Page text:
By Jim Schutze
By Rachel Watts
By Lauren Drewes Daniels
By Anna Merlan
By Lee Escobedo
They might as well say "Don't mess with Texas, unless you are a big industry that can buy people off!" It sickens me how smug and self-assured the cement companies are. Do they think they are above the laws of the state? Are they the new supremacists and not bound by the rules of society? It might make a difference to them if they are held personally accountable for all the damage these kilns cause, because it will be proved and it will be brought to light, no matter how much they try to bully and brainwash.
One day that large jellyfish we call a government is going to grow a spine and finally stand up for us and close these filthy businesses down!
I just finished your article "Ill Wind Blowing" and am absolutely disgusted at what I've seen. I live in Cedar Hill, within sight of this plant, and have long suspected that it has been causing an abnormal amount of sinus/bronchial type problems within my family. I have a 10-year-old boy whom I want to protect against this type of illness and am greatly concerned about the toxins that are being released now and the increase that the TXI plant has requested. The only time we seem to have symptoms of the pollution is when the wind is blowing directly from the plant toward us.
In short, I would like to get involved in the fight against this, if it's not too late. I'm astonished that there wasn't widespread notification of these "hearings" in the past. How can I find out about any future meetings/hearings regarding this problem?
Thank you for your article on TXI and Downwinders at Risk. We were impressed with your article and your hard work. And we were motivated by it.
Indeed black theater is important to the cultural development of our community ["Don't you dare call it the 'Chitlin Circuit,'" June 5]. It doesn't really matter what it's called. Gospel theater, chitlin circuit shows, Mama-on-a-couch plays, or legitimate theater, the goals are the same: audience development and a greater appreciation of a meaningful art form.
Perhaps for the first time a person was exposed to the wonderful world of theater by attending one of these plays. And once you have been bitten, you hunger for more. First a production at JBA or the South Dallas Cultural Center, then the Dallas Theater Center and the Shakespeare Festival. It's all good.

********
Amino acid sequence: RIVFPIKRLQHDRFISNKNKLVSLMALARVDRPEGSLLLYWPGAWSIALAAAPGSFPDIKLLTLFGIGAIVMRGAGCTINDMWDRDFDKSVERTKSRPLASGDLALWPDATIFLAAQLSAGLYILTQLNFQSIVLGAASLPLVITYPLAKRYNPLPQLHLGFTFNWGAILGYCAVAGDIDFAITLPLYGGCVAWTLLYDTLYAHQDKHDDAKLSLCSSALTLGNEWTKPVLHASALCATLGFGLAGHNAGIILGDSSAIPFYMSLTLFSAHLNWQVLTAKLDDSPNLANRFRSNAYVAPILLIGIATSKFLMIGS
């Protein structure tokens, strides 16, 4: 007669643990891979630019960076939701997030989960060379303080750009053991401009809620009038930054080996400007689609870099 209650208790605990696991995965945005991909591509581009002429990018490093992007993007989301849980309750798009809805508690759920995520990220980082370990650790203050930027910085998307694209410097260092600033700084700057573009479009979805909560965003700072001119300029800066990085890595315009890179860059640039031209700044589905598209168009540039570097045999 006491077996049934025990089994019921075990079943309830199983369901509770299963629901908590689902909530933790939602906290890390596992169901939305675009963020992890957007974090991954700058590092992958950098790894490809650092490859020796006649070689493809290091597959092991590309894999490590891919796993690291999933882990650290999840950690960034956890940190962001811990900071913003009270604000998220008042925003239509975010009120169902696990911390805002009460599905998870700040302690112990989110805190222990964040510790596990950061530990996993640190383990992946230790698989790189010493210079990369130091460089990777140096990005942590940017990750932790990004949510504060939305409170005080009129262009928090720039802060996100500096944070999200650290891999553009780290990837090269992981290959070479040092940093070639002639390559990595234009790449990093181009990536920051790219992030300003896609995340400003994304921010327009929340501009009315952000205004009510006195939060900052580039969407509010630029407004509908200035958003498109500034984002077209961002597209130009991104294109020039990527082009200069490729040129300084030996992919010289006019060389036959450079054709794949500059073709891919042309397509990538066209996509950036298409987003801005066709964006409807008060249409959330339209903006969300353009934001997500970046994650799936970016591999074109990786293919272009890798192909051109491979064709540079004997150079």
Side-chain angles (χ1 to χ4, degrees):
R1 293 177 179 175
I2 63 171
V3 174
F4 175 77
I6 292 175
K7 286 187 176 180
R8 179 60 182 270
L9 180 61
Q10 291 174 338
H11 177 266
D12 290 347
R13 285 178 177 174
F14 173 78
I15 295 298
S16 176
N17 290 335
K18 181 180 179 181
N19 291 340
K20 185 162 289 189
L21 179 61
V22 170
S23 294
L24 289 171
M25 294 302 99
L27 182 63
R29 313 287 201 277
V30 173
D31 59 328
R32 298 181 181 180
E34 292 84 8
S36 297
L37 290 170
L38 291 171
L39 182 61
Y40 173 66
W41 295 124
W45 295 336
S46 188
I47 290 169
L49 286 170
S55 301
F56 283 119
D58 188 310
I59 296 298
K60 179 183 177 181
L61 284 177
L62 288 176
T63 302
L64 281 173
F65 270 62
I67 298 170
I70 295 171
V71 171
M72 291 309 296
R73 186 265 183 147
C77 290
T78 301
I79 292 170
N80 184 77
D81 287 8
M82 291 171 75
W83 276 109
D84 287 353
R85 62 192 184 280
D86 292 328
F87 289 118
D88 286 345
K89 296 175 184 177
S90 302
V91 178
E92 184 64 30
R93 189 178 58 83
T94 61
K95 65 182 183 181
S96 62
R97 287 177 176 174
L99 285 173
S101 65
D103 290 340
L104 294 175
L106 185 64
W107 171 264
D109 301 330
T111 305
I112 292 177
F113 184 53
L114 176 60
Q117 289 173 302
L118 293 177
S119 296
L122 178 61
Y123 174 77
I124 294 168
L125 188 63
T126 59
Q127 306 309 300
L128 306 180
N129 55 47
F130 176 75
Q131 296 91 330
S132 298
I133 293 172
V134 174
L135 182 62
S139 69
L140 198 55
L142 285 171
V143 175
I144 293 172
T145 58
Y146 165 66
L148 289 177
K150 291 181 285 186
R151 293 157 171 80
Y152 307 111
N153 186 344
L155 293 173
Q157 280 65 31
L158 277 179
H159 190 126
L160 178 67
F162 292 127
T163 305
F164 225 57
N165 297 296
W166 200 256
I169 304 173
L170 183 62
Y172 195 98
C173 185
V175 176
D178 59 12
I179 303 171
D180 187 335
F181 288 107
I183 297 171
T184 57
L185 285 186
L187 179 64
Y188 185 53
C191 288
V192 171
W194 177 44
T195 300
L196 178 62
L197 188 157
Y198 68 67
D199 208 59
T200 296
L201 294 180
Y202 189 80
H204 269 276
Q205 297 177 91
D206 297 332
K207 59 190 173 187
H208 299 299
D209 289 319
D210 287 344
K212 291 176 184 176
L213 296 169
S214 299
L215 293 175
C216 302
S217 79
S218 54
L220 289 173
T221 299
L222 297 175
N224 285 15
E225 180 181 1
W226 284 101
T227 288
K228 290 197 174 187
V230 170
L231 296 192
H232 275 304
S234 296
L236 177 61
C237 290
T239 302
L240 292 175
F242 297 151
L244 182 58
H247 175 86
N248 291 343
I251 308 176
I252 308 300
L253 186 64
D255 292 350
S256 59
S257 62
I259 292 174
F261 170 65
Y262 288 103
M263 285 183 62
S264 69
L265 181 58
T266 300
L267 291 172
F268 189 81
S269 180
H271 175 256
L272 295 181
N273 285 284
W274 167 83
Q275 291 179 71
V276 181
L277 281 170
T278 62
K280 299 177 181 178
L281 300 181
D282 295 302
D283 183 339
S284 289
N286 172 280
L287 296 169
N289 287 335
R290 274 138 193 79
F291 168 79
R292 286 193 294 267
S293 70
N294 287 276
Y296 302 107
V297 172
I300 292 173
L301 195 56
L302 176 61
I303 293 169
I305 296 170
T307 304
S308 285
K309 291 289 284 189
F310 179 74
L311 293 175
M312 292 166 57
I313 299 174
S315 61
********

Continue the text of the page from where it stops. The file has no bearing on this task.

Right on to Shelly Garrett for creating a new and different voice in the black theater movement. Special thanks to Al Wash and "Dr." Curtis King for showcasing such a voice. And by all means, keep on singing, Rudy Eastman; we hear you loud and clear.
Equally important is the work of new and emerging theater organizations: Soul Rep Theater Company, Debra Lynn Woods Theater, Artist & Elaine Thorton Foundation for the Arts, Nommo, Afro-American Artists Alliance, Inc., and Reciprocity Arts.
The cultural arts movement continues, and we will win!
Southern Dallas Arts Coalition
I was a little disappointed in the tone of the "Chitlin Circuit" article published by the Dallas Observer. The idea that black theater is somehow too highbrow for the average black person is ludicrous. Anyone who's seen August Wilson's plays, any of them, knows that he writes directly from the black experience. Not the black intellectual's experience, but that of the working man.
After all, that is where Wilson came from--not a middle-class, black bourgeois family. The whole notion of "outsider art forms" is a white notion and, in my view, just one more attempt at pigeonholing the cultural products of black people. Like any other people, black people respond to media hype, and if nothing else, your article pointed out that one of the biggest differences between the success of Garrett's plays and that of Eastman's is money for media hype! August Wilson and George Wolfe (the producer/director of Bring in da Noise, Bring in da Funk) have been successful on Broadway because their works are receiving the promotional buck it takes to succeed.
Vicki Meek, Manager
South Dallas Cultural Center
A vote for Coco
Each week I anxiously dive into your publication for its great articles and interesting ads. You offer articles from which The Dallas Morning News shies away. And, I usually agree with your approach to a subject.
The restaurant review of Coco Pazzo by Mary Brown Malouf was certainly an exception to your normal standards ["A tentative seduction," June 12]. I read and re-read the review to hopefully get her point. Obviously she and/or Gene Street have an axe to grind with Pino Luongo.
Malouf didn't clarify which Coco Pazzo she visited; so I don't know if she dined at the one on McKinney, as I have. My experience was extremely pleasant. The decor was appealing to everyone in my party. Our wait persons were attentive, but not overly so. The entire meal was terrific...the selection, preparation, and taste were very good. We have encouraged several friends to eat at Coco Pazzo.